Despite the text versions available online, original copies disseminated by DTIC remain incomplete, as of the writing of this article.

The Hunt For The Records

The Black Vault began its search for the ORIGINAL pages in December of 2019. The most logical place to look, was the University of Colorado where the study took place. However, e-mails and voicemails were un-returned. Fast forward to June of 2020, and a complete copy with the missing pages was discovered within the archive of the National Technical Information Service (NTIS), an agency under the Department of Commerce that started originally after World War II. According to their mission statement, they “provide the support and structure that helps our partners securely store, analyze, sort, and aggregate data in new ways.” They have a large database of technical reports, which for decades remained behind a paywall, but now seems to be open to the public.

Hidden within, is the complete Condon Committee report; a full scan of one of the original report with the missing seventy pages attached. And sure enough, the missing pages prove to be some of the most interesting. Within Chapter 6, three astronaut UFO sightings are referenced as having no explanation.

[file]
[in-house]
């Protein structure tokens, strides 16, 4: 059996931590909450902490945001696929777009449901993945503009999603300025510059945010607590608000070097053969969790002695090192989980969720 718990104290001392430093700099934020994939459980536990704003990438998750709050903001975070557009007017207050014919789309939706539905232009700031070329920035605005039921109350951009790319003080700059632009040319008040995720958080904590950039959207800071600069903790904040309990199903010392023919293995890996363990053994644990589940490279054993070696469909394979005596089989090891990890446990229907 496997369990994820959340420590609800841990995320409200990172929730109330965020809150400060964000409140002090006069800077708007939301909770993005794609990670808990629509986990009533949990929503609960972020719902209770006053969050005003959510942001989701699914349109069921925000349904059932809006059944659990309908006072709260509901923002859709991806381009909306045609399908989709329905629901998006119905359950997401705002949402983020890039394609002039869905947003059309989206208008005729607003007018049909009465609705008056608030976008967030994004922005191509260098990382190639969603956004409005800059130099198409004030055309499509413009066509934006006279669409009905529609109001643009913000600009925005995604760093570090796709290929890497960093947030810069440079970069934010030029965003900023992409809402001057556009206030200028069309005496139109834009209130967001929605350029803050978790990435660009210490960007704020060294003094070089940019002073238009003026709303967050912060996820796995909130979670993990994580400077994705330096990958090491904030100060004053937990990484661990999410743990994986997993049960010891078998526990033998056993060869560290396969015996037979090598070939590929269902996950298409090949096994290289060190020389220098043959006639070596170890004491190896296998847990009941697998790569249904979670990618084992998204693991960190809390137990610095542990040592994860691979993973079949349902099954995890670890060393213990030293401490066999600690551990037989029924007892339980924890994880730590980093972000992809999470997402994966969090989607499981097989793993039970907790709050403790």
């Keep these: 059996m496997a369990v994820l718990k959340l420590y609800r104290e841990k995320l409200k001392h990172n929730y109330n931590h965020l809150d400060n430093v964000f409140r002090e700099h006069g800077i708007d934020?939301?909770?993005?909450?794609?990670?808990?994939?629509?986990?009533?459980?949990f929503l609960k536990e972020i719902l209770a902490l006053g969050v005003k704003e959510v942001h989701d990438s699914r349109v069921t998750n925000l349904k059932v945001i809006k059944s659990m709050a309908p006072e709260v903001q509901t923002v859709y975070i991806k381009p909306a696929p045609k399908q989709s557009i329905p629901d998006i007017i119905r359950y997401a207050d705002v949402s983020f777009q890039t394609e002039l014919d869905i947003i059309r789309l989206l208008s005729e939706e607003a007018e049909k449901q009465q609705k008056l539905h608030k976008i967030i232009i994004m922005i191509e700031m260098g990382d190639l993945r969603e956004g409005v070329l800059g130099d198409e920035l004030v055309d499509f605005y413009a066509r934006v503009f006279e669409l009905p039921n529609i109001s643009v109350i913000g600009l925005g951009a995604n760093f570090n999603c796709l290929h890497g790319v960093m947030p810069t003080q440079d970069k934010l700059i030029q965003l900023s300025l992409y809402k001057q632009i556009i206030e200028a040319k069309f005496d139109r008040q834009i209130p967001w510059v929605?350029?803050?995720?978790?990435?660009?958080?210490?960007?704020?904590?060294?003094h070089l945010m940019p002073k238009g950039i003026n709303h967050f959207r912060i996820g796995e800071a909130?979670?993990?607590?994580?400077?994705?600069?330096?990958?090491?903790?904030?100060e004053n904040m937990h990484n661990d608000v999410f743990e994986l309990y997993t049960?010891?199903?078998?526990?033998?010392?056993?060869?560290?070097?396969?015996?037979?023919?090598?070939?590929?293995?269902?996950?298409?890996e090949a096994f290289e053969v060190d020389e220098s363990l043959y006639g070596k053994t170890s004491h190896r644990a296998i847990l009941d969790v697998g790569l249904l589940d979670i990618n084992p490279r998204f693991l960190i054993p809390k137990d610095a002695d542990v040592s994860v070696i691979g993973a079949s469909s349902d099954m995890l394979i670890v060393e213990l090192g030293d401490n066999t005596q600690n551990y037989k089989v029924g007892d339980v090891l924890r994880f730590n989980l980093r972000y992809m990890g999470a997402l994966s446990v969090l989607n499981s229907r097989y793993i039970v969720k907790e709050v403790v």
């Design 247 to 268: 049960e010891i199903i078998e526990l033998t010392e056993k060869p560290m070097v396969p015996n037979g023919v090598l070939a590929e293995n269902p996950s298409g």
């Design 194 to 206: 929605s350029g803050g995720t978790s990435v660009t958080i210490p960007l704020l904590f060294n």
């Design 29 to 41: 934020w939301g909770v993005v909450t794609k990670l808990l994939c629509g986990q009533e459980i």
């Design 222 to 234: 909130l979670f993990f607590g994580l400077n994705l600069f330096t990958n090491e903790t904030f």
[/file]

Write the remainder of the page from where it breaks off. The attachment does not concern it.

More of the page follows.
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Part of Chapter 6 shows the three UFO sightings that the Condon Committee felt lacked an adequate explanation.

The complete set of just the missing pages are as follows:

blank Missing Pages from the Condon Report [70 Pages, 3MB]

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The Astronaut’s Unexplained Sightings

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Astronaut James McDivitt

The Condon Committee report stated that the three sightings by astronauts James McDivitt and Frank Borman, on Gemini missions 4 and 7, were a mystery, and had no adequate explanation.

The report outlined the “cylindrical object with protuberance” that McDivitt saw on Gemini 4. It even stated that there was film footage of the unknown object which was taken by NASA for four days. When NASA released “three or four” pictures, McDivitt stated that they were not of the object he had seen. Then, it appears McDivitt settled that the photos were just skewed by being blown up (magnified) and the object was “probably an unmanned satellite.”

However, the Condon Committee could not pinpoint what satellite it was. NORAD had submitted a list of possibilities, and they settled on the Pegasus B which was 1,200 miles away. The Condon Committee concluded based on the description that it was not a match, and the sighting remained a mystery.

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Astronaut Frank Borman

Also profiled in the report was a sighting on Gemini 7. On this mission, there was a sighting of what they referred to as a “bogey.” When Capcom tried to determine if it was the booster, Borman confirmed he also had the booster in sight.